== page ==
Think BR: The Bribery Act isn't just about the free lunch
Safe in the knowledge it can happily polish off the petits fours, will ad land unknowingly fall foul of further offences that will come into play when the Bribery Act is introduced tomorrow, writes Brinsley Dresden, partner, Lewis Silkin LLP.
Brinsley Dresden, partner, Lewis Silkin LLP
Despite the hype generated about the Bribery Act, it’s not likely that anyone in the advertising industry will face jail time as a result of it coming into force on 1 July.
Or at least, it’s no more likely than it is today.
The most important offences of giving or receiving payments in exchange for improper conduct have been illegal for many years.
Unfortunately, when the media fascination with the impact of the act on corporate hospitality was corrected by Ken Clarke (the justice secretary), this created a degree of complacency about compliance.
Although lavishing hospitality on a marketing director during a pitch to skew the decision-making process could be bribery, if the hospitality is not disproportionate and is not intended to prompt a decision in breach of the marketing director’s professional duties, there should not be an issue.
But the act also has two new offences. The first is a twist on the existing offence of offering a bribe, but deals specifically with offering a bribe to a foreign public official, which includes employees of foreign state-owned companies, such as the marketing director of a foreign state-owned bank, airline or automotive company.
Offering lavish hospitality to such a person during the course of a pitch would therefore be very risky.
Even more challenging is the issue of facilitation payments, which are usually relatively small payments to grease the wheels of officialdom so that they turn more quickly, rather than to obtain any improper conduct.
For example, a payment to a foreign customs official to ‘prioritise’ the release of camera equipment could be an unlawful facilitation payment.
It is no defense to simply say that such payments are a function of doing business in some countries.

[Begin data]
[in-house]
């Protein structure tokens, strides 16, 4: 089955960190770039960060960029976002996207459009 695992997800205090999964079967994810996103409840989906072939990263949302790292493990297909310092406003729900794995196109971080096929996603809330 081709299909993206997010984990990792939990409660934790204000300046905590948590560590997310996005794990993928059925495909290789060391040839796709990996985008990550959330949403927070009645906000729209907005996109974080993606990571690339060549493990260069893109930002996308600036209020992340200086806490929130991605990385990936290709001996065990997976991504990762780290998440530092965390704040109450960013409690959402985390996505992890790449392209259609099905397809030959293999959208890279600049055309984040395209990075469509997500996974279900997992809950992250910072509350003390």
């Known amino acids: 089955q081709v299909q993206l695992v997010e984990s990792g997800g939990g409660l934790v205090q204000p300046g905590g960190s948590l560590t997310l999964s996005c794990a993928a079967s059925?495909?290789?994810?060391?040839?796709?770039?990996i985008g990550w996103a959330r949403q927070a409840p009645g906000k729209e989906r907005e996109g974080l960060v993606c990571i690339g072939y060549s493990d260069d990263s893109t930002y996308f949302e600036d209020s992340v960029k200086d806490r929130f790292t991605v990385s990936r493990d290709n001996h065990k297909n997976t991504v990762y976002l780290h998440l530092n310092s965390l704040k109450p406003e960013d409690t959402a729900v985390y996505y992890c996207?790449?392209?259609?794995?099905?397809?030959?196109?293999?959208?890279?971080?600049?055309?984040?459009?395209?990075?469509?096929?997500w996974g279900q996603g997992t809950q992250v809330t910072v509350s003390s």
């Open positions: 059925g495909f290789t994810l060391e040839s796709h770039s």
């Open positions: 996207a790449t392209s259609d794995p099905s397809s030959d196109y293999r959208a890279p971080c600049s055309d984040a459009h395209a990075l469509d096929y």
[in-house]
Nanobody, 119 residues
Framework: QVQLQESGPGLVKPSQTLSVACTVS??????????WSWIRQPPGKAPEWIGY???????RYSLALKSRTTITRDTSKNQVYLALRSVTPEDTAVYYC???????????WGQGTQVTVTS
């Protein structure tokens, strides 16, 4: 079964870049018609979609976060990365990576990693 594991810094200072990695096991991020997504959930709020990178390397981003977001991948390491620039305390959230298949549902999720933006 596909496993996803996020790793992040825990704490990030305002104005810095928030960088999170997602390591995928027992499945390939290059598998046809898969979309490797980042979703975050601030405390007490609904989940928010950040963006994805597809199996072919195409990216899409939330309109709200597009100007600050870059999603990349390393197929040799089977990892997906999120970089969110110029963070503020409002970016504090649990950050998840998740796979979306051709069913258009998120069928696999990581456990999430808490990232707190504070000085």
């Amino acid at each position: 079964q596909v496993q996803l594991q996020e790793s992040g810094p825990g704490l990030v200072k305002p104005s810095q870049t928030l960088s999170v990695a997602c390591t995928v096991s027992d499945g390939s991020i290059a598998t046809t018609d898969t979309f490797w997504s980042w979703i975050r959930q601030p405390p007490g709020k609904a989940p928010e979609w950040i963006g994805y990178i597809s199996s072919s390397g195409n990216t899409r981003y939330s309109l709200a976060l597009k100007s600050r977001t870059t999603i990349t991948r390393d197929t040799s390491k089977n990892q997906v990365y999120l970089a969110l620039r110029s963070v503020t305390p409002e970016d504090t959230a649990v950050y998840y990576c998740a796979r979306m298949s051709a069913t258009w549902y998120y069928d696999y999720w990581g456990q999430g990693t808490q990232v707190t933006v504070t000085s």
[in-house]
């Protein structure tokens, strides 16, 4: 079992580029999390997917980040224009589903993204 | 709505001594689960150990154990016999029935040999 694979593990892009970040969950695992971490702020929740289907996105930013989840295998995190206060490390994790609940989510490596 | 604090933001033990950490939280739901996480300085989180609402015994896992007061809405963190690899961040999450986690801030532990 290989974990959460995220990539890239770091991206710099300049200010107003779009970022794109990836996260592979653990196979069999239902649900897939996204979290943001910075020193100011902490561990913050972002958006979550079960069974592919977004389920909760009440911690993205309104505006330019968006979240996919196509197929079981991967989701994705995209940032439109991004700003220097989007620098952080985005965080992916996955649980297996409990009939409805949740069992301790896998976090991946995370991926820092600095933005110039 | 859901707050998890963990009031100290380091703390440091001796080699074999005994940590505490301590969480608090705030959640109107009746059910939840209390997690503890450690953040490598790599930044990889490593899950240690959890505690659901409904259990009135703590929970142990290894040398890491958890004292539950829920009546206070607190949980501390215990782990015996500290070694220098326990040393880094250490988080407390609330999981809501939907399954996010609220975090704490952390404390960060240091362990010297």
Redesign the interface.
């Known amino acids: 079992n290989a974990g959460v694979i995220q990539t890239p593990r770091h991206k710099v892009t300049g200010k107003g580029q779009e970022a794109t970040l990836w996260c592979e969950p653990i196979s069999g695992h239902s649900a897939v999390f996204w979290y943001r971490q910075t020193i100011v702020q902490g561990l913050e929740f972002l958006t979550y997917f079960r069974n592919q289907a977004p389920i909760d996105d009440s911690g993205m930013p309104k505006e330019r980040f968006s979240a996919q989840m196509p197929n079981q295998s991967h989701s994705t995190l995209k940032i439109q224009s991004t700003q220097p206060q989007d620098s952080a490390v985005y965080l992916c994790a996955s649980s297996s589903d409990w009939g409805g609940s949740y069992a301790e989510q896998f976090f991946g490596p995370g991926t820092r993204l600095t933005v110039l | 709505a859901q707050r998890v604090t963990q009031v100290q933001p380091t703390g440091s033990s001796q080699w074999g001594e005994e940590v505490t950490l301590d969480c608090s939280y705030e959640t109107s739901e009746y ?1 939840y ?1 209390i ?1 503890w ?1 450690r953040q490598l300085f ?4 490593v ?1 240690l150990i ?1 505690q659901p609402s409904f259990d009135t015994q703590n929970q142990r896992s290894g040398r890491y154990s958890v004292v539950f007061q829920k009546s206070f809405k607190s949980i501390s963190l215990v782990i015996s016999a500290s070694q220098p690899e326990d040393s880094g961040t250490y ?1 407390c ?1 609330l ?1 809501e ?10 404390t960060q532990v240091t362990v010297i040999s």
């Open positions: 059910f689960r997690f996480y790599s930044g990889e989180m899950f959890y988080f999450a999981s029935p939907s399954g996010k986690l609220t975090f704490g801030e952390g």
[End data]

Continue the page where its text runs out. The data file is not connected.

From now on, British companies will be expected to have policies in place to advise their staff and sub-contractors how to deal with requests for facilitation payments.
Some degree of pushback will be expected, such as a request for an invoice or receipt, or for escalation to a more senior official.
If a facilitation payment is shown to have been anticipated and budgeted for, that could create compliance problems.
For example, a line in a TV production budget for an overseas production which referred to ‘Customs: miscellaneous payments’ might take some explaining.
The other new offence concerns the failure of a commercial organisation to prevent corruption.
As the name suggests, that means that simply burying your head in the sand and hoping for the best is not a viable option.
At the very least, companies need to create a properly considered and informed, written risk assessment, which analyses the internal and external risks of bribery and corruption faced by its employees and agents.
This should be considered at board level and treated as a dynamic document to be regularly updated from time-to-time and whenever required by changes to the circumstances of the business.
Having done so, an appropriate set of ‘adequate procedures’ can be designed and implemented to create a defense against liability under the act.
But if the prospects of prosecution are relatively low, is any of this really worth the effort?
Yes, because failure to comply leaves companies exposed to termination of contracts by their customers for failure to be legally compliant; to ‘blackmail’ by employees with whom they are in dispute for other reasons; and even to disbarment from public sector appointments.
So if you want to know more, simply invite me along to any event at the Olympic stadium, and I’ll tell you all about it.
Brinsley Dresden, partner, Lewis Silkin LLP
For further information contact Brinsley at: email@example.com
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